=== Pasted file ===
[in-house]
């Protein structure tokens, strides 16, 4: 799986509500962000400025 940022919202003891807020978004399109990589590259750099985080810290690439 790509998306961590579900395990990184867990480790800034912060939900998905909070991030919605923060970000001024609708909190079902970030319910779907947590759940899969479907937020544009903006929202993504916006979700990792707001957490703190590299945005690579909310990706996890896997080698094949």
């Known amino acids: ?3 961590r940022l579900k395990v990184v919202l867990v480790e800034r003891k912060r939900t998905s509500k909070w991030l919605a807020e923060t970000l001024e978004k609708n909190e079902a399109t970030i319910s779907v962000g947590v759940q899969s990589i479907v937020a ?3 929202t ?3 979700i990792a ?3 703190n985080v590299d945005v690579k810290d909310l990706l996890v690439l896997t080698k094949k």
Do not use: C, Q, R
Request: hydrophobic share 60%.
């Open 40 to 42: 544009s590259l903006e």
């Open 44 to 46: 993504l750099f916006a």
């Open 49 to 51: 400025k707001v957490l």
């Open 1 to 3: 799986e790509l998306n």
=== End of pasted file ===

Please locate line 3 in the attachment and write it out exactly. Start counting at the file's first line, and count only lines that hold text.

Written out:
């Known amino acids: ?3 961590r940022l579900k395990v990184v919202l867990v480790e800034r003891k912060r939900t998905s509500k909070w991030l919605a807020e923060t970000l001024e978004k609708n909190e079902a399109t970030i319910s779907v962000g947590v759940q899969s990589i479907v937020a ?3 929202t ?3 979700i990792a ?3 703190n985080v590299d945005v690579k810290d909310l990706l996890v690439l896997t080698k094949k």